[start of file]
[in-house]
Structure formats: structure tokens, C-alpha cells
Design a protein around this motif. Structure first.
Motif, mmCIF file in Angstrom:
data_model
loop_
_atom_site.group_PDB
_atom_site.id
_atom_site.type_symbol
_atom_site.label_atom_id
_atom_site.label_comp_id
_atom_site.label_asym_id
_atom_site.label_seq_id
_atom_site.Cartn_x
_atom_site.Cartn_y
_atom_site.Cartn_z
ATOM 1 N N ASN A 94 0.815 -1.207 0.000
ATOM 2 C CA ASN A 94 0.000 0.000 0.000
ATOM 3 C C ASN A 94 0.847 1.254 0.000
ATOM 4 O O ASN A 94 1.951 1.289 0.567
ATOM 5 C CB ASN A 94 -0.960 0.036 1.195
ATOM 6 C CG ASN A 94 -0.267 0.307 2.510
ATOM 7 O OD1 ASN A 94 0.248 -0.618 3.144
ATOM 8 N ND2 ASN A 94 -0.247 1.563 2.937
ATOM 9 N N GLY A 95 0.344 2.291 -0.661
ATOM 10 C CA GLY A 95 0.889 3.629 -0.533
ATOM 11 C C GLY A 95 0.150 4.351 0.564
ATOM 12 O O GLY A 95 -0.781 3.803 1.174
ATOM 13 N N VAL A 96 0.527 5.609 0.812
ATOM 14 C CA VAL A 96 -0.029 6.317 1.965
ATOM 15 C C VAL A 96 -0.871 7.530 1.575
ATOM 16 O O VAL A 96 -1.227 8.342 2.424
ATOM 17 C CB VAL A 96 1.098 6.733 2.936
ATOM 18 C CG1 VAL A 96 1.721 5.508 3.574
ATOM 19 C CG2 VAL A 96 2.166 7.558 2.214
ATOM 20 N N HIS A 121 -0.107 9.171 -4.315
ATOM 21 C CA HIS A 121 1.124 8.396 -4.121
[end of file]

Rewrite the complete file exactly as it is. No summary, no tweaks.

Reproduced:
[in-house]
Structure formats: structure tokens, C-alpha cells
Design a protein around this motif. Structure first.
Motif, mmCIF file in Angstrom:
data_model
loop_
_atom_site.group_PDB
_atom_site.id
_atom_site.type_symbol
_atom_site.label_atom_id
_atom_site.label_comp_id
_atom_site.label_asym_id
_atom_site.label_seq_id
_atom_site.Cartn_x
_atom_site.Cartn_y
_atom_site.Cartn_z
ATOM 1 N N ASN A 94 0.815 -1.207 0.000
ATOM 2 C CA ASN A 94 0.000 0.000 0.000
ATOM 3 C C ASN A 94 0.847 1.254 0.000
ATOM 4 O O ASN A 94 1.951 1.289 0.567
ATOM 5 C CB ASN A 94 -0.960 0.036 1.195
ATOM 6 C CG ASN A 94 -0.267 0.307 2.510
ATOM 7 O OD1 ASN A 94 0.248 -0.618 3.144
ATOM 8 N ND2 ASN A 94 -0.247 1.563 2.937
ATOM 9 N N GLY A 95 0.344 2.291 -0.661
ATOM 10 C CA GLY A 95 0.889 3.629 -0.533
ATOM 11 C C GLY A 95 0.150 4.351 0.564
ATOM 12 O O GLY A 95 -0.781 3.803 1.174
ATOM 13 N N VAL A 96 0.527 5.609 0.812
ATOM 14 C CA VAL A 96 -0.029 6.317 1.965
ATOM 15 C C VAL A 96 -0.871 7.530 1.575
ATOM 16 O O VAL A 96 -1.227 8.342 2.424
ATOM 17 C CB VAL A 96 1.098 6.733 2.936
ATOM 18 C CG1 VAL A 96 1.721 5.508 3.574
ATOM 19 C CG2 VAL A 96 2.166 7.558 2.214
ATOM 20 N N HIS A 121 -0.107 9.171 -4.315
ATOM 21 C CA HIS A 121 1.124 8.396 -4.121